Frost’s focus, however, is not upon the controversial High Noon. Instead, she concentrates her attention upon four films of the late 1950s and early 1960s that Kramer both produced and directed: The Defiant Ones (1958), On the Beach (1959), Inherit the Wind (1960), and Judgment at Nuremberg (1961). With The Defiant Ones, Kramer tackled race relations and challenged the Hollywood blacklist by employing screenwriter Nedrick Young, who under a pseudonym was awarded an Oscar for his work on the picture. In its condemnation of nuclear war, On the Beach drew the ire of the American government for allegedly undermining its efforts at fostering a vigorous civil defense program. With Inherit the Wind, Kramer used the 1925 Scopes trial as a lens through which to examine civil liberties and freedom of thought, and he again enlisted Nedrick Young as a screenwriter under his well-known pseudonym of Nathan Douglas. But perhaps the most controversial of these four films was Judgment at Nuremberg. Kramer was condemned for exploiting the holocaust to return a profit at the box office, but Frost praises Kramer and his screenwriter Abby Mann for maintaining a balance between universal and particular themes in addressing the atrocities of the Nazi regime. Frost also credits Kramer and Mann with introducing the idea that due to the emergence of the Cold War confrontation with the Soviet Union, the United States was becoming more concerned with strengthening ties to Germany rather than persecuting Nazi officials, concluding that Judgment at Nuremberg was “a historical film that offered an ultimately truer way to understand the causes and consequences of Nazi crimes that enriched the public dialogue and debate” (169).

The international acclaim for Kramer’s films helped secure the filmmaker an invitation to visit the Soviet Union and serve on the jury for the 1963 Moscow Film Festival. Although Kramer was recognized at the 1962 Academy Awards ceremony with the prestigious Irving G. Thalberg Award, the American government was still suspicious of the filmmaker’s politics and only reluctantly agreed to his participation in the Moscow film festivities. Frost documents, however, that American officials were delighted with Kramer as the filmmaker drew upon his reputation for serious and honest cinema to champion how respect for freedom of thought in the United States allowed him to examine controversial subjects in his films. Frost argues, “Even as he criticized the United States, and, in fact, because he did so—and used his freedom of expression to do so—Kramer helped legitimize US political values and leadership in a world dominated by the Cold War” (203).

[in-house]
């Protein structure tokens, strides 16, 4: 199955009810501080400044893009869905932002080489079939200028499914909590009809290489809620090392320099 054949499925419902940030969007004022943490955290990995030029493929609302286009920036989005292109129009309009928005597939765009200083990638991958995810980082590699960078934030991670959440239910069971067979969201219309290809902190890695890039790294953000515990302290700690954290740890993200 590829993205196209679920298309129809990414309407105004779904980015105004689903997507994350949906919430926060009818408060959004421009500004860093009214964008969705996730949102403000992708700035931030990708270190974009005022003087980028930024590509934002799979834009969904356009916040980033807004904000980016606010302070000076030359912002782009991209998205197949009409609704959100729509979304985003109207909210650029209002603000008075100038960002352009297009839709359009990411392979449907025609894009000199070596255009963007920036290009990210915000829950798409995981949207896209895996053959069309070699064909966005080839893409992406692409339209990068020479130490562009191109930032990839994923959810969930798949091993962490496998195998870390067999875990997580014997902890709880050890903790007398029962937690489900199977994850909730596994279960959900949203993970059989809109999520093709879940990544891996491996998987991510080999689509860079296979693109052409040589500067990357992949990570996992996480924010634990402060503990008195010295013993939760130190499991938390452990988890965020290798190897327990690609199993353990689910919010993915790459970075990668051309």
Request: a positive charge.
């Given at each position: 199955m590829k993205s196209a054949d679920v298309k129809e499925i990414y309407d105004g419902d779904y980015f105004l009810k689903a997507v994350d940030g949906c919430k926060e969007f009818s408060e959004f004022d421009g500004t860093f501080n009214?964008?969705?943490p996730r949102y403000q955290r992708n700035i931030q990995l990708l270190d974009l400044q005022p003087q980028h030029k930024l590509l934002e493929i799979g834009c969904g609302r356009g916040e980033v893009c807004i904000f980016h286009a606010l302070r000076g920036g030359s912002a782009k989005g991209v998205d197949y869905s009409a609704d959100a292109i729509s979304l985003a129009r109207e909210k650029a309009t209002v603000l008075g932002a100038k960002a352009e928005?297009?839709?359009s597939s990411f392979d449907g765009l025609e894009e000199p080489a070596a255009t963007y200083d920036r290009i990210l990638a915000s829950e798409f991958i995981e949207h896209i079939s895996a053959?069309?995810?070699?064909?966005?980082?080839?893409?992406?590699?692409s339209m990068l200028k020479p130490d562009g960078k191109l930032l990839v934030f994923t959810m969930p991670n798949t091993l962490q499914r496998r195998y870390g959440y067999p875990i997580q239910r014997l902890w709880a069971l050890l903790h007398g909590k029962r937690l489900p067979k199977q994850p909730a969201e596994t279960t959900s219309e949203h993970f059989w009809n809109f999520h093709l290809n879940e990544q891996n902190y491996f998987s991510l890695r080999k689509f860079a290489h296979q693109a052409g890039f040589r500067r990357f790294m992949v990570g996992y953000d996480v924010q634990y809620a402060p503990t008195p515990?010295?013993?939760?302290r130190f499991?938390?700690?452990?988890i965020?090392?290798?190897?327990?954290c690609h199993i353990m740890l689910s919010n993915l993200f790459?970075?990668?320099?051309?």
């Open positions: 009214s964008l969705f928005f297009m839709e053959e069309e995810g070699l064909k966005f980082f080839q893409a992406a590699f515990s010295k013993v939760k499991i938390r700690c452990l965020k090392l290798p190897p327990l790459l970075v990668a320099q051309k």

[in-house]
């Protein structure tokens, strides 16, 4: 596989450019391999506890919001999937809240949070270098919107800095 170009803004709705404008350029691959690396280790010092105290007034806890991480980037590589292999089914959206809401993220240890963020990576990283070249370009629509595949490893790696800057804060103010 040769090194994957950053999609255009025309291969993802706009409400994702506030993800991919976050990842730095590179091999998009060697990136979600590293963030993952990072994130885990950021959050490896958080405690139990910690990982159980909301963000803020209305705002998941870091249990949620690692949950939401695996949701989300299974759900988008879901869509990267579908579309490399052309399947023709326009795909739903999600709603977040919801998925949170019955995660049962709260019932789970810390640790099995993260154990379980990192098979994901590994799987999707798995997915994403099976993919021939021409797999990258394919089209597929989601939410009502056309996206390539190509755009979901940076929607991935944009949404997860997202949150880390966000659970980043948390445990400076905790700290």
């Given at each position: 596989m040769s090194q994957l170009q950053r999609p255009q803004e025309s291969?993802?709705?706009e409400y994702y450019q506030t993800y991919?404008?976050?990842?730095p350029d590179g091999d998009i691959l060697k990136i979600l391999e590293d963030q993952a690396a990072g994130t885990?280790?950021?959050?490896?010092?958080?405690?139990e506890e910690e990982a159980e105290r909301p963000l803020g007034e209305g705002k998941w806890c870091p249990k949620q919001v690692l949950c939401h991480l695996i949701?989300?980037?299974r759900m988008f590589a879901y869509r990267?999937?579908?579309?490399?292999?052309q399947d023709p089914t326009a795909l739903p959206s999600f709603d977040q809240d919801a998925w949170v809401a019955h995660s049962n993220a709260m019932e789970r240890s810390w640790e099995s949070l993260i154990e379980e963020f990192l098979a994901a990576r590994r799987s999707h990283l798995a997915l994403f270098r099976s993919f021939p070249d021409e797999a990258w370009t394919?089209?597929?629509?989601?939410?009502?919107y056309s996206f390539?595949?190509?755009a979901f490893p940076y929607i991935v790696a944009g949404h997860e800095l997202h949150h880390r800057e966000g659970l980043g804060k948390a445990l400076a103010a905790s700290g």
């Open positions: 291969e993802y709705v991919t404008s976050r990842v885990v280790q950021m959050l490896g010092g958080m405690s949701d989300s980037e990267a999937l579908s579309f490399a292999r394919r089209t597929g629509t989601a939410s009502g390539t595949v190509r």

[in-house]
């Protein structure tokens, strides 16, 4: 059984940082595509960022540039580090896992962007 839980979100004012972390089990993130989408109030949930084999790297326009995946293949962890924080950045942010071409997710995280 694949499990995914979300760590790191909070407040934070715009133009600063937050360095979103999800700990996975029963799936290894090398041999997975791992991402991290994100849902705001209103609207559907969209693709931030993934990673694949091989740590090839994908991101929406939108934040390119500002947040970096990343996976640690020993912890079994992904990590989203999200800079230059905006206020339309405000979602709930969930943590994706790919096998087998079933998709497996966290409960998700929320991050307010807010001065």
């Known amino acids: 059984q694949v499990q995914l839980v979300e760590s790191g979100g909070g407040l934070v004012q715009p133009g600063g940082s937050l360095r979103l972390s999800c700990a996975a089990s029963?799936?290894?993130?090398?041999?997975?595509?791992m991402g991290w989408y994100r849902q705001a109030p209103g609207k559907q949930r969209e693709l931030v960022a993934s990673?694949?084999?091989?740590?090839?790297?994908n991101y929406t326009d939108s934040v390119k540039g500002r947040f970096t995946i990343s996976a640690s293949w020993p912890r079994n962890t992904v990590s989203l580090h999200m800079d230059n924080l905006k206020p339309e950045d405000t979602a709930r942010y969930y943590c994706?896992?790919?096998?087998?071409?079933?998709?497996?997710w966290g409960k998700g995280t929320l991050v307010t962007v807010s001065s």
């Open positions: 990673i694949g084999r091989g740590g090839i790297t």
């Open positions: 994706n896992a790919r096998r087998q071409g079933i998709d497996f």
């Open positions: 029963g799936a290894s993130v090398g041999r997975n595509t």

Yet as the Vietnam War raged in the late 1960s, Kramer’s liberalism was increasingly criticized by young people who found his filmmaking to be old fashioned and dated. Kramer’s 1967 film Guess Who’s Coming to Dinner, focusing upon an interracial relationship, was his greatest box office hit, but detractors found that the noble black character portrayed by Sidney Poitier failed to resonate with black realities. Frost concludes that by the late 1960s Kramer’s politics reflected the mainstream liberalism that was more frequently attacked from the political left rather than the right.

Basing her argument upon a close reading of critical reaction to Kramer’s films and in-depth research in cinema archives, Frost essentially perceives Kramer as an important cinematic artist who embraced liberal values and challenged the blacklist during the early years of the Cold War. She acknowledges many of the disparaging comments regarding Kramer made by film critics such as the New Yorker’s Pauline Kael. In terms of style, Kramer was hardly an innovative filmmaker, and his work, despite the controversial nature of his films, often involved compromises in which principle was trumped by commercial considerations. Nevertheless, Frost insists that Kramer should be “more celebrated for his commitment to socially conscious filmmaking and for confronting the commercial challenges entailed in working as a Hollywood independent than condemned for the compromises he made or the contradictions that emerged in the process” (239). And as our movie theaters seem inundated by the escapist entertainment of super heroes and Jedi knights, it would be comforting to see more filmmakers in the mode of Kramer who provoke and challenge us to examine our society and create a better world for future generations.